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1900-01 Dimai (Faiyum)
The excavations were sponsored by the Graeco-Roman branch and thus were concerned with recovering papyri from the Graeco-Roman period rather than objects or material from different time periods.
The excavators note that the site had been explored without uncovering a cemetery. The larger tombs in the cemetery in the southwest, close to the town, had been plundered in antiquity but both animal and human mummies were found futher to the southwest. The crocodile mummies had demotic papyri buried beside them. The early Ptolemaic tombs consisted of a two to four metre shaft which opened onto a chamber usually containing multiple burials. The dampness meant the papyrus was not able to be handled. A later Ptolemaic cemetery was found to the northwest of the town but the papyrus cartonnage was also unable to be handled.
The town was also explored for the remains of papyri, and the excavators note finding 1st century BCE papyri in the cellar of a house. The temple was also examined.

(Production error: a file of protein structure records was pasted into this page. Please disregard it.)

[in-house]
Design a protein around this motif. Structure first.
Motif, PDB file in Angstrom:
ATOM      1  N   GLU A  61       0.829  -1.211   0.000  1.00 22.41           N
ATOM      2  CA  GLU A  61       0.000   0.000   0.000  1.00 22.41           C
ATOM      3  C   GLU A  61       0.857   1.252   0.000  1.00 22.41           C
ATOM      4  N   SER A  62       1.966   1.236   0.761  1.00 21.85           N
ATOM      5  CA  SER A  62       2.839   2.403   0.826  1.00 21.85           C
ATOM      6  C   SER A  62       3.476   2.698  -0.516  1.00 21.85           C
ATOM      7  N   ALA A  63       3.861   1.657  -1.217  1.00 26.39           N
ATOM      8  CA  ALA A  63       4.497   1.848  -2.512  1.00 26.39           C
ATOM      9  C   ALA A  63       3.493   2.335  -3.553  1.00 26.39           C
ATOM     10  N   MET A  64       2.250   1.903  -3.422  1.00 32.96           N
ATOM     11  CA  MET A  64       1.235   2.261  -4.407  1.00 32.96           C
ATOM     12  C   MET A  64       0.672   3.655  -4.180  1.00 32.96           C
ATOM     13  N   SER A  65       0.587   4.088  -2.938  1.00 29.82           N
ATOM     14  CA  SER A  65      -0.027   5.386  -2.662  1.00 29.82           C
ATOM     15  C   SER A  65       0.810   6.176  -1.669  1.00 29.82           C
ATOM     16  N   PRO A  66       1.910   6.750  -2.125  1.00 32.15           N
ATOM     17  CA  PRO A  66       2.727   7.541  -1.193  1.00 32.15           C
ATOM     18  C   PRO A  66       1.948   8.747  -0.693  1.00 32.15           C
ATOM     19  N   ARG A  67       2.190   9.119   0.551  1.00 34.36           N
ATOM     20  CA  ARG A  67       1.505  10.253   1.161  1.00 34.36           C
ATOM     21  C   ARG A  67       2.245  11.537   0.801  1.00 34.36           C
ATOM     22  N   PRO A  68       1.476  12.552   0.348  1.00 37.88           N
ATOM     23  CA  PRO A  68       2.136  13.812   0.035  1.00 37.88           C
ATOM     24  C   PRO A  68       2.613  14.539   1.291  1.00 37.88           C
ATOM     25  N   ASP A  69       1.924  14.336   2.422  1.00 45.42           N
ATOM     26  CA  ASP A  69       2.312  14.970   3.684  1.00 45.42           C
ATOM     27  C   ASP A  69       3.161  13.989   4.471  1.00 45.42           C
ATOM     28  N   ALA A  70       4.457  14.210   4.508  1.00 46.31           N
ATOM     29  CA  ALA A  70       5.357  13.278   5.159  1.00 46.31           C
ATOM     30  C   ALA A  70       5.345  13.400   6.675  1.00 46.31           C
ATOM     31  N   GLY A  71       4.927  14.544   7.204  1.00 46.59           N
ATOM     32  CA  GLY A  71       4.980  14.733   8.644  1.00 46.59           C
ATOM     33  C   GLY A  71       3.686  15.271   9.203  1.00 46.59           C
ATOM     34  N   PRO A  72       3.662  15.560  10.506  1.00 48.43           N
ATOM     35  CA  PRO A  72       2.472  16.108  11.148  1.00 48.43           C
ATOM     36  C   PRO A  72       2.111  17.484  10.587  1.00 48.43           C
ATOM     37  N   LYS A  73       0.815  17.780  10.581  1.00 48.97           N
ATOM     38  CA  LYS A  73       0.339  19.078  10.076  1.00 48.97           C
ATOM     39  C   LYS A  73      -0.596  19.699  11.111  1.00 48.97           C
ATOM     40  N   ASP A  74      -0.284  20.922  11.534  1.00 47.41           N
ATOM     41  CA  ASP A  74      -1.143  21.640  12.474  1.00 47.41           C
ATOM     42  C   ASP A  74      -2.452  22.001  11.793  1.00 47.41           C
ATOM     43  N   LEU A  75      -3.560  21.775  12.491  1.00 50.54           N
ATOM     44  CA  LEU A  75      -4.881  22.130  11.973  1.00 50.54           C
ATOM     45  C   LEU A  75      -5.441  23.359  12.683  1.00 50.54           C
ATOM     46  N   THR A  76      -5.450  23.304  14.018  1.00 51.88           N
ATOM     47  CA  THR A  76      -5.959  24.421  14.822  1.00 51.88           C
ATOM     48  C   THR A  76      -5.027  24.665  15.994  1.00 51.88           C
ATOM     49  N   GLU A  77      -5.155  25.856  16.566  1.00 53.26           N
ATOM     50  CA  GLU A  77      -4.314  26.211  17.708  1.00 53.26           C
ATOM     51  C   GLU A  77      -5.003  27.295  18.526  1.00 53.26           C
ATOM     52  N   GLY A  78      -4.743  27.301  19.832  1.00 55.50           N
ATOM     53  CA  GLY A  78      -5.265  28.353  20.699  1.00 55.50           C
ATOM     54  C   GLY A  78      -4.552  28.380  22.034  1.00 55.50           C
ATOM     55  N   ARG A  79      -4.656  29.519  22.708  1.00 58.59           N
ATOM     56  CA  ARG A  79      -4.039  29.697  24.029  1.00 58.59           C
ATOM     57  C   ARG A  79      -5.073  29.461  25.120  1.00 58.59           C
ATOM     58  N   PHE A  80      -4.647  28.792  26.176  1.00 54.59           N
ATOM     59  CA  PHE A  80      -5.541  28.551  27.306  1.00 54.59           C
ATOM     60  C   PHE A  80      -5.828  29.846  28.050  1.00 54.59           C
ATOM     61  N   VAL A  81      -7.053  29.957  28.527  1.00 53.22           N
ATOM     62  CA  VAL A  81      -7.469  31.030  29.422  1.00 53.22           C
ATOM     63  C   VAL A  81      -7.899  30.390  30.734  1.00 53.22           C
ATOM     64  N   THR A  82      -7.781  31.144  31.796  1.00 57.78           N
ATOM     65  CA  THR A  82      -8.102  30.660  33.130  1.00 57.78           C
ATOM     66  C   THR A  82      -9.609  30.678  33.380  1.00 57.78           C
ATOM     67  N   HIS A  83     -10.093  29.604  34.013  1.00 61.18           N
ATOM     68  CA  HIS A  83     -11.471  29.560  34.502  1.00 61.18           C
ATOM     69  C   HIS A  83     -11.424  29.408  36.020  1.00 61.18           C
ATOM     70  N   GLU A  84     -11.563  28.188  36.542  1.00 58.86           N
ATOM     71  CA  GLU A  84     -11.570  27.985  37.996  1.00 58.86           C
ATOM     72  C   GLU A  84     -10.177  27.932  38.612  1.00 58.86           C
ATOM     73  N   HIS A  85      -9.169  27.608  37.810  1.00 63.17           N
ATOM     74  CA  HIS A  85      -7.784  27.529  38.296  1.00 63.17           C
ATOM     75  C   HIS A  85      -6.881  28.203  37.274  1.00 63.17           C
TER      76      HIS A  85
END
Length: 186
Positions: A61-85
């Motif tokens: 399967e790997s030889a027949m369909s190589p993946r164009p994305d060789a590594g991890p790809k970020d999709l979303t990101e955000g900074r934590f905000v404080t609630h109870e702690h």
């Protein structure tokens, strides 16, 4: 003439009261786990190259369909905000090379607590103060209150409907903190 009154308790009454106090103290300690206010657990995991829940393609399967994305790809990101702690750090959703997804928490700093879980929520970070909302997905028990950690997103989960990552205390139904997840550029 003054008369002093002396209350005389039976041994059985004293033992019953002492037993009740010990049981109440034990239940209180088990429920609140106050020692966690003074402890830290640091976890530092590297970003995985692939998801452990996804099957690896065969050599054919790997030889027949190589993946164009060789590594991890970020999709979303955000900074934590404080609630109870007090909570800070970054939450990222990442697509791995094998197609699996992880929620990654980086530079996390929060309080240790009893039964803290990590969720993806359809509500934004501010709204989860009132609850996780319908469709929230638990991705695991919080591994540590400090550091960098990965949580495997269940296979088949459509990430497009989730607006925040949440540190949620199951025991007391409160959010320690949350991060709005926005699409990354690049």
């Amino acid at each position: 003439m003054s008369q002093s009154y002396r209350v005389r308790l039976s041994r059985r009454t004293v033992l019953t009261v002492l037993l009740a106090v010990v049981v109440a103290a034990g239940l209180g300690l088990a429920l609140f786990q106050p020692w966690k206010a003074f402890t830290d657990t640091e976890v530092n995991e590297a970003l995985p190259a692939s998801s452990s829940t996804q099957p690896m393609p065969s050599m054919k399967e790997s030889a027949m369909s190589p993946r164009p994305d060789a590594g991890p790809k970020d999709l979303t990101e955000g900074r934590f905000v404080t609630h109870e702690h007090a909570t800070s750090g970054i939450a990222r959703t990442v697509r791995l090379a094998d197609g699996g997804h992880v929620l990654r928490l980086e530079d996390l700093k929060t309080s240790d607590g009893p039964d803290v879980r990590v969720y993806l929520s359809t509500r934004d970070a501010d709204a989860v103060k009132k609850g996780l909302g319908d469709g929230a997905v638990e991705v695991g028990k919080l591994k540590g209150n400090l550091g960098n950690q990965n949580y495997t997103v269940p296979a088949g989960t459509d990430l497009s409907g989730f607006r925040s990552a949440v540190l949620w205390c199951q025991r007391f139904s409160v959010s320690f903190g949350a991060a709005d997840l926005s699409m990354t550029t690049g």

A group of houses to the northwest of the temple were examined and pottery and amulets of the New Kingdom were found. A group of Middle Kingdom tombs were examined but all except one had been plundered. The unlooted tomb was excavated and the inscribed sarcophagus was taken by the museum at Giza (presumably now in the Cairo Museum). They note that there were a variety of smaller objects including beads, headrests, and alabaster vessels.
Grenfell, Bernard P. and Arthur S. Hunt 1901. Graeco-Roman branch: excavations in the Fayum. Archaeological Report (Egypt Exploration Fund) (1900-1901), 4-7.